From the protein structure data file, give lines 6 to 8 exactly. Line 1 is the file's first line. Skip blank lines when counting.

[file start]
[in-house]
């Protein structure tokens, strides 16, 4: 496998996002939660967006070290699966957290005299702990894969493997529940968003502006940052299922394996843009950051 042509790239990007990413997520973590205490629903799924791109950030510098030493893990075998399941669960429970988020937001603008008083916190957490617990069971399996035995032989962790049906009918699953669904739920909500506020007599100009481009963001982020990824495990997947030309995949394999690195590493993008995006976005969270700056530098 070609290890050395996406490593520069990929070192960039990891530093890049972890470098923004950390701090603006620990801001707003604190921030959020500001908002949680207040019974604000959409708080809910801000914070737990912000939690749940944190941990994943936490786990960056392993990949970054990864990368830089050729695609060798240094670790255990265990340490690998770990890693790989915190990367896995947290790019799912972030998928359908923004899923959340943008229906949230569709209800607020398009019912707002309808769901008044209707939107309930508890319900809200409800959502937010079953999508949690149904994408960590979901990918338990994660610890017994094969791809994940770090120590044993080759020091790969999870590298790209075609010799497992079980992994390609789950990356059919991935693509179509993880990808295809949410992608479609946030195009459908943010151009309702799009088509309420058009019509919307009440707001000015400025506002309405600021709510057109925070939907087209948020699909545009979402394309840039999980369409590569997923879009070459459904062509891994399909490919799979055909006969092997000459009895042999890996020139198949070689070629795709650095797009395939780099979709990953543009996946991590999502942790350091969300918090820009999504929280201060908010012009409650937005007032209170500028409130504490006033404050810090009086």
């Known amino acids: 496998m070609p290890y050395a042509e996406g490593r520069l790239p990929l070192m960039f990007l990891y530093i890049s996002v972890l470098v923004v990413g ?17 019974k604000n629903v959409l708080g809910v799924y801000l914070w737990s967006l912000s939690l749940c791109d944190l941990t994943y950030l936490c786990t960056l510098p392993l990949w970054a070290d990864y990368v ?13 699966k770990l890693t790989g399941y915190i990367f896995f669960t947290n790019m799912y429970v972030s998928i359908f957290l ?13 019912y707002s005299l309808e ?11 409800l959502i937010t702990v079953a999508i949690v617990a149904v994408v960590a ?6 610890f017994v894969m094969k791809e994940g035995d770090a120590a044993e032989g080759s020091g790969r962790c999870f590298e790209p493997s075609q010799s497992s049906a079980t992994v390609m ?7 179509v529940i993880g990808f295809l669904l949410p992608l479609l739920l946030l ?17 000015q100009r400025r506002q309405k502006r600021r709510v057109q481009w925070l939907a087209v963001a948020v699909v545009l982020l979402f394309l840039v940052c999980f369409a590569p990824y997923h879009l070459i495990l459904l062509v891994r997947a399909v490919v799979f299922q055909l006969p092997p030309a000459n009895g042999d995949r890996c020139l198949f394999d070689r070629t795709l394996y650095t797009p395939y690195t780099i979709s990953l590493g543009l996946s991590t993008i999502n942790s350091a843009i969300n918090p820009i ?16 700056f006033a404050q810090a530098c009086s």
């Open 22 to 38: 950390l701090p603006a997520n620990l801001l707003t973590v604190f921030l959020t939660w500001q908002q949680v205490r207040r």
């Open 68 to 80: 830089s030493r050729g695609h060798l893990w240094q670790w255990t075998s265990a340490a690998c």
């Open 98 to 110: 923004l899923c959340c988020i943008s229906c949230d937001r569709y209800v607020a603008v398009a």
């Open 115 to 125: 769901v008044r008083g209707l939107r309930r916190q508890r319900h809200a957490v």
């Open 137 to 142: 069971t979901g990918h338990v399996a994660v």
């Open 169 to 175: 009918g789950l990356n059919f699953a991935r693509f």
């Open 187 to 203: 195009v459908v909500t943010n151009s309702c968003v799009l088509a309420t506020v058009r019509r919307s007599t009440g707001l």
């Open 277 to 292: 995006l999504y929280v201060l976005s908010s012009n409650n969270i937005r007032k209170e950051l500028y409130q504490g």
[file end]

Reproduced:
């Open 98 to 110: 923004l899923c959340c988020i943008s229906c949230d937001r569709y209800v607020a603008v398009a």
């Open 115 to 125: 769901v008044r008083g209707l939107r309930r916190q508890r319900h809200a957490v």
């Open 137 to 142: 069971t979901g990918h338990v399996a994660v």